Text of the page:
The world’s largest car maker until its fall from the top spot last year, Detroit-based GM filed Chapter 11 bankruptcy reorganization this morning; it is expected to successfully emerge a more competitive company. GM's less profitable brands like Saab and Saturn will be sold or liquidated, and the Wall Street Journal reported yesterday that it is closing on the sale of its Hummer brand. GM also plans to eliminate Pontiac.
Officials at Courtesy Automotive Group and Service Chevrolet, Lafayette's two GM dealerships, could not be reached for comment this morning. Courtesy is the state’s No. 1 seller for Pontiac, GMC and Buick brands, and Service is tops in the state for Chevrolet sales. These dealerships are suffering from declining sales related to the national recession, though they have weathered the downturn much better than most of their counterparts across the country.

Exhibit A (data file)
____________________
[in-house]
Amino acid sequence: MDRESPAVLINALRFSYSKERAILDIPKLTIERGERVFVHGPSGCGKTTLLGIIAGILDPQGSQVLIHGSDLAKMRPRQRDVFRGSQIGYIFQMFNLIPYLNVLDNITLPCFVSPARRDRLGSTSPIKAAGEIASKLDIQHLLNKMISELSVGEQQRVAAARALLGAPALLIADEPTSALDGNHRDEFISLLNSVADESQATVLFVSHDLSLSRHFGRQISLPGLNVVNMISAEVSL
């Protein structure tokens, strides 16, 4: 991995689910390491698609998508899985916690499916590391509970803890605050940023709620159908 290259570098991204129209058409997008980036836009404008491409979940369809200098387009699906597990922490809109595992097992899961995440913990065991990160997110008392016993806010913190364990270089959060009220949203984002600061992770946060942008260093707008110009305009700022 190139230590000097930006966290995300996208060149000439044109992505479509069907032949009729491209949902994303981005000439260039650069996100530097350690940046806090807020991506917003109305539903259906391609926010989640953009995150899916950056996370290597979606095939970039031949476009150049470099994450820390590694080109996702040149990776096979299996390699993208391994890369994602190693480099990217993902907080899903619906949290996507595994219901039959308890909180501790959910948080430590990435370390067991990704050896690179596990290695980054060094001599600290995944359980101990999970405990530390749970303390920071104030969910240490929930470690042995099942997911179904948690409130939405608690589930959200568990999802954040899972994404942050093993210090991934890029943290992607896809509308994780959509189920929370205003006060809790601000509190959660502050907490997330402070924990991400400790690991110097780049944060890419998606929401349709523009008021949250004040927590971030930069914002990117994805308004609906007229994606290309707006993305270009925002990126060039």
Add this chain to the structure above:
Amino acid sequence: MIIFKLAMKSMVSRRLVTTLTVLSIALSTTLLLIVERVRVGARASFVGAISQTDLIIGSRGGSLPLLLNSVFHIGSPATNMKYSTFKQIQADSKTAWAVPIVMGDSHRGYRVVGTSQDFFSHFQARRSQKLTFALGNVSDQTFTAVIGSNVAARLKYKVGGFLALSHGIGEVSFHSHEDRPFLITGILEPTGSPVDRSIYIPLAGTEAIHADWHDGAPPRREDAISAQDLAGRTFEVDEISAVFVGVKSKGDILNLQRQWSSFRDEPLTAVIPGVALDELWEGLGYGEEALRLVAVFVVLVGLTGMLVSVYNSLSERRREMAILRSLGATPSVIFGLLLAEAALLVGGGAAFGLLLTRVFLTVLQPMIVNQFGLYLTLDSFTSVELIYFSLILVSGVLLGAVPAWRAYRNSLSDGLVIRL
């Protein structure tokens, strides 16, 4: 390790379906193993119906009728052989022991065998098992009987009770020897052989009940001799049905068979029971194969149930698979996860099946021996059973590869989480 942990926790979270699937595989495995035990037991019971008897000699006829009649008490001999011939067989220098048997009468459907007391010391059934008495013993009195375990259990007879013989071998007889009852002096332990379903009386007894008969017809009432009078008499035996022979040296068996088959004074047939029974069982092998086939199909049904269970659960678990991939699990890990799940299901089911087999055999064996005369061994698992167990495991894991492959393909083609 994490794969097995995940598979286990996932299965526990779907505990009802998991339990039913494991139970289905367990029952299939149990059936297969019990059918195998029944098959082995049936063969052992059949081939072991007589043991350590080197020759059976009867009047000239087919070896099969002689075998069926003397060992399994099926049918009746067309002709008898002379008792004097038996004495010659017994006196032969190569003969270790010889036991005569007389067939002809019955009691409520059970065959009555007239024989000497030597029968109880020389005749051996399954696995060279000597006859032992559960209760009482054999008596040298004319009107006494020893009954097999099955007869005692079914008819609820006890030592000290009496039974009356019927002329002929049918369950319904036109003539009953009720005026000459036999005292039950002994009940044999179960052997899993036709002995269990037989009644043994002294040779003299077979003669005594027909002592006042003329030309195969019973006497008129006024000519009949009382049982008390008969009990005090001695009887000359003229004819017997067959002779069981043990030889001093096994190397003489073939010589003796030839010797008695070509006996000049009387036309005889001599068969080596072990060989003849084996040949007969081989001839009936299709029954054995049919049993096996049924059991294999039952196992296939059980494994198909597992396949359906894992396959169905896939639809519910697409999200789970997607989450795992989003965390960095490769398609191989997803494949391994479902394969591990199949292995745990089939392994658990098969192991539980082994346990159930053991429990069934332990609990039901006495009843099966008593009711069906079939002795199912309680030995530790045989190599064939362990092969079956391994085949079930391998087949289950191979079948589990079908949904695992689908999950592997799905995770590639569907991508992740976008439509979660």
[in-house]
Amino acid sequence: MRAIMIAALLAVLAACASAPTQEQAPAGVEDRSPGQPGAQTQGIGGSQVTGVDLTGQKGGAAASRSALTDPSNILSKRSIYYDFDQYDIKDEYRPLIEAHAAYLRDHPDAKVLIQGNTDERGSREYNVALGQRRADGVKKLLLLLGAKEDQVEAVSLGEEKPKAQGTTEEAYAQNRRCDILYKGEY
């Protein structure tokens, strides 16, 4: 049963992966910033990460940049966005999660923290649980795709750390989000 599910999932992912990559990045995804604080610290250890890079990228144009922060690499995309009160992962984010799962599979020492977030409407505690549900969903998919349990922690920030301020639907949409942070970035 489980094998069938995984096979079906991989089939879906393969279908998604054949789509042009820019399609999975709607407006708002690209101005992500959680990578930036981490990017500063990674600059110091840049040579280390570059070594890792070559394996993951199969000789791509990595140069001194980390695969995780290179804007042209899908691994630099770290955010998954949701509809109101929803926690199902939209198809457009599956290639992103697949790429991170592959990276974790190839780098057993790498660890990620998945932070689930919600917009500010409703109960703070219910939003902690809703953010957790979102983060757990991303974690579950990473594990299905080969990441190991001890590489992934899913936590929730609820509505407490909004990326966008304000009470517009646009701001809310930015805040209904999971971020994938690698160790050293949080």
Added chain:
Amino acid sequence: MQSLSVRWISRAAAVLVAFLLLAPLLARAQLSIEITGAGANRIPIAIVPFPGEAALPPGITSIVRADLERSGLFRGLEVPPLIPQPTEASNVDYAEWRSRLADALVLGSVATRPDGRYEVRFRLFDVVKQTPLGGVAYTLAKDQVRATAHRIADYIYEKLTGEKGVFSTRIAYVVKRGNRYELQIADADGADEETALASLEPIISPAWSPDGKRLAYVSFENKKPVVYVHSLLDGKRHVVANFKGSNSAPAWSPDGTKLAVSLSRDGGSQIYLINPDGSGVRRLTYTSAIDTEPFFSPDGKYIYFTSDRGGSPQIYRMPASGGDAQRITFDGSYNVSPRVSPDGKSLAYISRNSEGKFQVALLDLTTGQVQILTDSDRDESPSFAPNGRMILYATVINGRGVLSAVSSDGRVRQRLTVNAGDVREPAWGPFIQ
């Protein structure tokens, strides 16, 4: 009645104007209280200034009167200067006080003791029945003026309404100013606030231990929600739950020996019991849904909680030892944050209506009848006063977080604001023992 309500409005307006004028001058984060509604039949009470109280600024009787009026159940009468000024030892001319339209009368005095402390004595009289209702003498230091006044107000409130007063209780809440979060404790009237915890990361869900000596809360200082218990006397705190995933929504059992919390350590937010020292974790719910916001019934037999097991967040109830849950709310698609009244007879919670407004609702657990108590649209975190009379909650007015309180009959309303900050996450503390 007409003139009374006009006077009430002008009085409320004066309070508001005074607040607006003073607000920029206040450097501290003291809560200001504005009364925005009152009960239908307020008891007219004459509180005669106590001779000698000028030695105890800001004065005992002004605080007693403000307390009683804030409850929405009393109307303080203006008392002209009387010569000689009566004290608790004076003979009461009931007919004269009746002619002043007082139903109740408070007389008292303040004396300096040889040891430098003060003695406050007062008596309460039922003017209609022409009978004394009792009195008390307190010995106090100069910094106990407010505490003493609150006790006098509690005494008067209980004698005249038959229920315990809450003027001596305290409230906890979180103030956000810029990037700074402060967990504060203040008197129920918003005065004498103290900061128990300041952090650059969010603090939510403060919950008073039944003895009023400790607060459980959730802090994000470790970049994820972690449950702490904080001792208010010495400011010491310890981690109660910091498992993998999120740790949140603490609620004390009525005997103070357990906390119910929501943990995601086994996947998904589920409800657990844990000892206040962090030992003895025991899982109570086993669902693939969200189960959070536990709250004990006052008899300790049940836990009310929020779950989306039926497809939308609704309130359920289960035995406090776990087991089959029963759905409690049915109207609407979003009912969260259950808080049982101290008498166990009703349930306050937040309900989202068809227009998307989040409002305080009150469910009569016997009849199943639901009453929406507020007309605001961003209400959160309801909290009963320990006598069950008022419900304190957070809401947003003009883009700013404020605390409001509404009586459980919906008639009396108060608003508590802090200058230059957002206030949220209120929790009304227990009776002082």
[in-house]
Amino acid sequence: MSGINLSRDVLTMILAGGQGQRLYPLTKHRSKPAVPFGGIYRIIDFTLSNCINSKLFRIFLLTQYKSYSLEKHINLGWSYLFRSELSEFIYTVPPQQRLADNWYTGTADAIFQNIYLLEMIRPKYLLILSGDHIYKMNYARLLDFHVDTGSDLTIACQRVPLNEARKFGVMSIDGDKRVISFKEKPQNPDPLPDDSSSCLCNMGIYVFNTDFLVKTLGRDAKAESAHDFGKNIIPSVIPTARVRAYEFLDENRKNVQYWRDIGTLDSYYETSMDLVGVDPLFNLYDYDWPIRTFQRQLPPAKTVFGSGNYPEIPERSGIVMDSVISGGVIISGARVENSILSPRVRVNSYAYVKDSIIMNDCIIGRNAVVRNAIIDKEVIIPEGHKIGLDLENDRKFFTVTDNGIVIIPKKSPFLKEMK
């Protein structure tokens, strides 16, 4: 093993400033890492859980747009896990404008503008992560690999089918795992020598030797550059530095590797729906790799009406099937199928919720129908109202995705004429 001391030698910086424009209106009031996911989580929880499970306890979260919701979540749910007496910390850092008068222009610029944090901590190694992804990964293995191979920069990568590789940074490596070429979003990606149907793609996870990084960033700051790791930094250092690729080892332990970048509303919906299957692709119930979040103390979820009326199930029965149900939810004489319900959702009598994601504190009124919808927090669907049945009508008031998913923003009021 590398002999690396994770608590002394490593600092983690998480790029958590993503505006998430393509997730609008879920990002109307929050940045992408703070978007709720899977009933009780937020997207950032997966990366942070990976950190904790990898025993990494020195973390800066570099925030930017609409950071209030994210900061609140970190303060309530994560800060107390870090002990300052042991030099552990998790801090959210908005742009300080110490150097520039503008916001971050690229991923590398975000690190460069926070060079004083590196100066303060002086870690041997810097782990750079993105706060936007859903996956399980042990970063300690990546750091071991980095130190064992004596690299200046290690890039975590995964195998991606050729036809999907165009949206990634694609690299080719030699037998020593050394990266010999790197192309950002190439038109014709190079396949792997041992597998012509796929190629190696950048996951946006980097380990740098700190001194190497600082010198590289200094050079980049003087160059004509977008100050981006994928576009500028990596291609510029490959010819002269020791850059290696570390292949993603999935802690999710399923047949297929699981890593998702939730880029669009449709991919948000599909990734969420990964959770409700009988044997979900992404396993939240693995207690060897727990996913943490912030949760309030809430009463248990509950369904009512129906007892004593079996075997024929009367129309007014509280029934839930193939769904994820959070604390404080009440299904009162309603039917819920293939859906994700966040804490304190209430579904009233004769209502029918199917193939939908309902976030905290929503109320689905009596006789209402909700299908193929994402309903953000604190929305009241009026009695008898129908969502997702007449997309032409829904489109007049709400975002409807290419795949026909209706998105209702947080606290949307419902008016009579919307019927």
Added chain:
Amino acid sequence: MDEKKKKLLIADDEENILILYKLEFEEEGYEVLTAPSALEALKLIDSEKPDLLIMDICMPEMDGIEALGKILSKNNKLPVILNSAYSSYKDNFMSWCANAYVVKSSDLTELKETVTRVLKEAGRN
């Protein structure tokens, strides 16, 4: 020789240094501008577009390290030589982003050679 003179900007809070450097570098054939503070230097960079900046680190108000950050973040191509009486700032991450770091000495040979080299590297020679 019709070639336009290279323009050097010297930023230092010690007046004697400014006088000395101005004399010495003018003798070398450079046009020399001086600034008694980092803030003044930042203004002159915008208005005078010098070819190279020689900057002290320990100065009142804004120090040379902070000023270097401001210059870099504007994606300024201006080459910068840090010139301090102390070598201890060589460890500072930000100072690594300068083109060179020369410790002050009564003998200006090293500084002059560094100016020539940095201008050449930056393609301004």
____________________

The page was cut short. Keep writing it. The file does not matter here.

Bloomberg reported today:
GM reported $82.3 billion in assets and $172.8 billion in debt. The U.S. government will bankroll the transformation of the 100-year-old automaker, a victim of tumbling sales and higher gas prices. The U.S. plans to convert much of its $50 billion of loans to a 60 percent stake in the new entity. Today’s filing in New York coincides with a deadline for GM to convince a government auto task force that it could reorganize out of court through debt and cost cutting.
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